The following morning, a volunteer awoke me by prying the table, which I had taken refuge under for the night, from my grasp. The shock was hers when she found me curled under it, but negotiations over its imminent use for breakfast convinced me to it let go. Semi awake, but well fed, we got organized for the day’s mission: a citywide bottle drive to raise money for the local food bank.
As we set off in our groups, it soon became apparent that serious endurance was required to deal with the pain of freezing extremities and avoid hypothermia in the -15 degree winds. But the effort was well worth it. People greeted us warmly, fully backed our campaign to go “back to the tap,” and heaped empty cans and bottles on our backs so that we ended up shuffling through the snow looking like Sherpas.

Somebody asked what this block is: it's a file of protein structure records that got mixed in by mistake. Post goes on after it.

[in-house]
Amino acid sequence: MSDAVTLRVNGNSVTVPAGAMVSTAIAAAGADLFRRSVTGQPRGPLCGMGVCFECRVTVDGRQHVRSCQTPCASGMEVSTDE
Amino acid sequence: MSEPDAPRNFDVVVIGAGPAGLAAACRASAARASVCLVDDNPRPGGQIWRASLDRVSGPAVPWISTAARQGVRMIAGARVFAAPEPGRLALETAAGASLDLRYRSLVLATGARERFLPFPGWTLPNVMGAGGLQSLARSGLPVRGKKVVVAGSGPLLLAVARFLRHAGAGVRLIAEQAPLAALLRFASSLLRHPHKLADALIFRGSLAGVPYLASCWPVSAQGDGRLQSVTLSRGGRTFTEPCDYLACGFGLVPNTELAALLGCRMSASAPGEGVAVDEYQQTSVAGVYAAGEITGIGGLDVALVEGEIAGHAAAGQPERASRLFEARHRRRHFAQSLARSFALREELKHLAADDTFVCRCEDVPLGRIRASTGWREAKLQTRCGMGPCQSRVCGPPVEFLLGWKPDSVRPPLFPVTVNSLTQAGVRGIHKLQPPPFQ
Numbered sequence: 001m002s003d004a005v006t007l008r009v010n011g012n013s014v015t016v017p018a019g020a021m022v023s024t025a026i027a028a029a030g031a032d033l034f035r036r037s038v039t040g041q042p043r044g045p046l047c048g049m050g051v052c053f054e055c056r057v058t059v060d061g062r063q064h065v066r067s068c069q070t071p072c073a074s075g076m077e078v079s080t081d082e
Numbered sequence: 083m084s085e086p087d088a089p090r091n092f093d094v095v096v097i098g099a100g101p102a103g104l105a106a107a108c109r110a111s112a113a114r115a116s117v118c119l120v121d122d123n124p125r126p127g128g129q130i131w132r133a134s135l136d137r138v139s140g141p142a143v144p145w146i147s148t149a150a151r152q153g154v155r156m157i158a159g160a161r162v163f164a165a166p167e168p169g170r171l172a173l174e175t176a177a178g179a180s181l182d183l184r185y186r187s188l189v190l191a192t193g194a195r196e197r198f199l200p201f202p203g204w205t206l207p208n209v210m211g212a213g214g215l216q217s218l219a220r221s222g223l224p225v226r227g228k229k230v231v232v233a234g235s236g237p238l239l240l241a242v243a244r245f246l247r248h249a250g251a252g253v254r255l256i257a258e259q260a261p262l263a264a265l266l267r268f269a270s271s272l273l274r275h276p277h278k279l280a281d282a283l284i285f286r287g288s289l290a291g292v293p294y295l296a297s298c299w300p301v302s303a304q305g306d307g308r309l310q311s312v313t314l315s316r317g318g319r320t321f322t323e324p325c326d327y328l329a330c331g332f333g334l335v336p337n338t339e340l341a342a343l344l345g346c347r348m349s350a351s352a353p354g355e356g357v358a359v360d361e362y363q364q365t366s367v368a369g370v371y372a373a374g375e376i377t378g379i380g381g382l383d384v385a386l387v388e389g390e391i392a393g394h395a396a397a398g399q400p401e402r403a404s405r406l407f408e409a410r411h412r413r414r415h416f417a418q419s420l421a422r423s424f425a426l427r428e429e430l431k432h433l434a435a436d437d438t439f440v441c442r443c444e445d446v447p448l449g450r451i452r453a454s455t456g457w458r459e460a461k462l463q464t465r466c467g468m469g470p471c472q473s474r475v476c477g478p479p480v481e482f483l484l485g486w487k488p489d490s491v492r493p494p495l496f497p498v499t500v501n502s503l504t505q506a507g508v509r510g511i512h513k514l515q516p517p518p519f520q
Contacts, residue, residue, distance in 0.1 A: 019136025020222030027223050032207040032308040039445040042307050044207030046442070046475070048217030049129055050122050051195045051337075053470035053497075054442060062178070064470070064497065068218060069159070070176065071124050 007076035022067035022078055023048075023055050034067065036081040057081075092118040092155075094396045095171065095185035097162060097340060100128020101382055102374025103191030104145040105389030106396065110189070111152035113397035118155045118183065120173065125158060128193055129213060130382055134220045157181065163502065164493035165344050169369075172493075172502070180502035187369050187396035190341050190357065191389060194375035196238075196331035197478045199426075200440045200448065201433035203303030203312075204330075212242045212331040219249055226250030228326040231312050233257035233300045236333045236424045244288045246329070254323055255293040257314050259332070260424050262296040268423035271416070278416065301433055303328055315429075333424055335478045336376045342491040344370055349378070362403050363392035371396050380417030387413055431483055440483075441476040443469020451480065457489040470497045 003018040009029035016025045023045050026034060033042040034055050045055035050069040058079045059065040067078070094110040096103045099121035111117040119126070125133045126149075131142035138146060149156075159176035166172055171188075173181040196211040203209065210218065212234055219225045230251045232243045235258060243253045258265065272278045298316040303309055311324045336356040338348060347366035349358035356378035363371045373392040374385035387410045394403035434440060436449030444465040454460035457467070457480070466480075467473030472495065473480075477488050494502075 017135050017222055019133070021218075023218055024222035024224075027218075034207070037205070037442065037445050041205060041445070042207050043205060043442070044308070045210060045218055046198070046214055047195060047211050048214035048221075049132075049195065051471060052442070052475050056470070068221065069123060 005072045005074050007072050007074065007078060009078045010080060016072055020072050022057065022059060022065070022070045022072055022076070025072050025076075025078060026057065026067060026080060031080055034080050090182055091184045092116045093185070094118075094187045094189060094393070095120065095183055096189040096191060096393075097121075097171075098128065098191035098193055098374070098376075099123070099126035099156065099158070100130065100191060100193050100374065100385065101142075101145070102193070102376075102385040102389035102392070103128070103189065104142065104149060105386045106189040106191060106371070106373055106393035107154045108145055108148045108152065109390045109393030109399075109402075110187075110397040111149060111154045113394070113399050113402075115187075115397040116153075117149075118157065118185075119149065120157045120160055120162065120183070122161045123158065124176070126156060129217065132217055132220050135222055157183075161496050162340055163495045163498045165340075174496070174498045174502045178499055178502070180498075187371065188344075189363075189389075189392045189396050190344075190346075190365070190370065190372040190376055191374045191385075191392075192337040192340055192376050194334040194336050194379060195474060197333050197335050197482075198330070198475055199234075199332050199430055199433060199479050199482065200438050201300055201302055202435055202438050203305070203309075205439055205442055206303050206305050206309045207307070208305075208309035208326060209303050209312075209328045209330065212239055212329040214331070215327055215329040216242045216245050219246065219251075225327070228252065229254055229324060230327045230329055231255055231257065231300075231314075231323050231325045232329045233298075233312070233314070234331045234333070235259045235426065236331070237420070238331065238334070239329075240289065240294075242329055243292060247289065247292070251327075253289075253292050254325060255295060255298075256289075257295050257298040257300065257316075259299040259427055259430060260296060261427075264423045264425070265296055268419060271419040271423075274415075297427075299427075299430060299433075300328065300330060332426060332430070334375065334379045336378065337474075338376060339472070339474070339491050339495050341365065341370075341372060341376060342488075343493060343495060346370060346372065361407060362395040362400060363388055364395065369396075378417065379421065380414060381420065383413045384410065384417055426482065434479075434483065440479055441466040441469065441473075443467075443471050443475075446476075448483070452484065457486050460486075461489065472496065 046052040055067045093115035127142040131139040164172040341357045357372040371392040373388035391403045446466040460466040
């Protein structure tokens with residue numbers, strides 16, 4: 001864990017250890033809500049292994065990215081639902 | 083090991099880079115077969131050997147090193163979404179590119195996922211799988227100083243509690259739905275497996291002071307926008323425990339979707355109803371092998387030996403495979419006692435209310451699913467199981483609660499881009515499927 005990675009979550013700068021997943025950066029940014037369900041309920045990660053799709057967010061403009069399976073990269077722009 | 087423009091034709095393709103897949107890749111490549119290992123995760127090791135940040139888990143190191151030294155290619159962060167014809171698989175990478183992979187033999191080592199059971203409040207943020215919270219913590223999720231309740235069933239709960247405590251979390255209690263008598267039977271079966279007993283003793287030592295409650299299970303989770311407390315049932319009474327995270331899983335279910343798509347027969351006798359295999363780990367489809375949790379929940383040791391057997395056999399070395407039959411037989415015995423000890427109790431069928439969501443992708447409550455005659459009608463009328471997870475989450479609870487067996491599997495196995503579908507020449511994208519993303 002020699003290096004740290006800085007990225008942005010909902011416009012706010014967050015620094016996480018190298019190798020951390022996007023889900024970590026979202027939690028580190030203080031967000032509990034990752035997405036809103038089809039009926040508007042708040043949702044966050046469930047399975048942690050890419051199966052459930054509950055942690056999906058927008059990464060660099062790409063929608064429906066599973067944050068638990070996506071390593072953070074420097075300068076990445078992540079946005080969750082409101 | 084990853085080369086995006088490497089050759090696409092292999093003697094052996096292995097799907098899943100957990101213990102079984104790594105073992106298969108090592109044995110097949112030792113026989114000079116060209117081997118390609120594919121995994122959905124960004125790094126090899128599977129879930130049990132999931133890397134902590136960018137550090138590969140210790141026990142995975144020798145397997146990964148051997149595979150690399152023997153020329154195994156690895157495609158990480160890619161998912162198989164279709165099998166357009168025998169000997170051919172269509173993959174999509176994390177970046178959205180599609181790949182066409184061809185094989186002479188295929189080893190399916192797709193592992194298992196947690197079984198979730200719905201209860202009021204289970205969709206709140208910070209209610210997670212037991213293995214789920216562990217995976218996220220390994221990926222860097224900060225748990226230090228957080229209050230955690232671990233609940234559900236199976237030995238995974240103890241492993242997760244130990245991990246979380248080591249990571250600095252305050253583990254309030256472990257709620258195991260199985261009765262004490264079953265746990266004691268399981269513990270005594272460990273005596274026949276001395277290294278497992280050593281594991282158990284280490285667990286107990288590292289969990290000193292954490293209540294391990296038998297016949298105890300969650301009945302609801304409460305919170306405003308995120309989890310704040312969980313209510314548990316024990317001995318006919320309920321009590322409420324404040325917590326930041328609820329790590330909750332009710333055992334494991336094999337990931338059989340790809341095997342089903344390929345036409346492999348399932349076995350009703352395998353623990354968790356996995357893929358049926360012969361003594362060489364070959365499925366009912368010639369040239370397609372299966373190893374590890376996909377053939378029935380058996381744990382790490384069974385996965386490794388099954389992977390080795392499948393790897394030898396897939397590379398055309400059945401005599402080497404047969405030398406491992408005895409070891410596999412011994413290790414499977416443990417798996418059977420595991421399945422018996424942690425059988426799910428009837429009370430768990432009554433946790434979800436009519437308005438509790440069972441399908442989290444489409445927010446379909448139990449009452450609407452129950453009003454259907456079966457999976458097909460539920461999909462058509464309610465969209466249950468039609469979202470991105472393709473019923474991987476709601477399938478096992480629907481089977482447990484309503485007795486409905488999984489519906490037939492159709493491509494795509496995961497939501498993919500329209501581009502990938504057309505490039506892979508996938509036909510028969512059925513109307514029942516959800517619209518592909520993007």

The result… over $550 raised for the food bank and 80 participants delighted to defrost and refuel once back indoors.
Later that afternoon we were transformed into little communities spread across lush fields and desert plains in order to simulate the challenges faced in the equitable distribution of water.
Poor families in “Desertia” ended up with high debts, illness, death and still faced water shortages, while others in “Watopia,” by virtue of their good fortune of being located amidst plenty of water, accumulated more wealth and water than they needed. Hearing the different families share their experiences afterwards brought home how complex it can be share equitably, even when everyone is doing their best.
The day ended with a closer look at what Development and Peace is – a member-led international development organization founded by the Canadian Catholic Conference of Bishops – and how it tries to address challenges, such as those we encountered in our simulation game, through fundraising and education in Canada in order to support partners in the Global South who promote alternatives to unfair social, political and economic structures.
We also heard some personal stories from the leaders about their journeys into social justice activity. Juilio even rocked the house with his freestyle rap!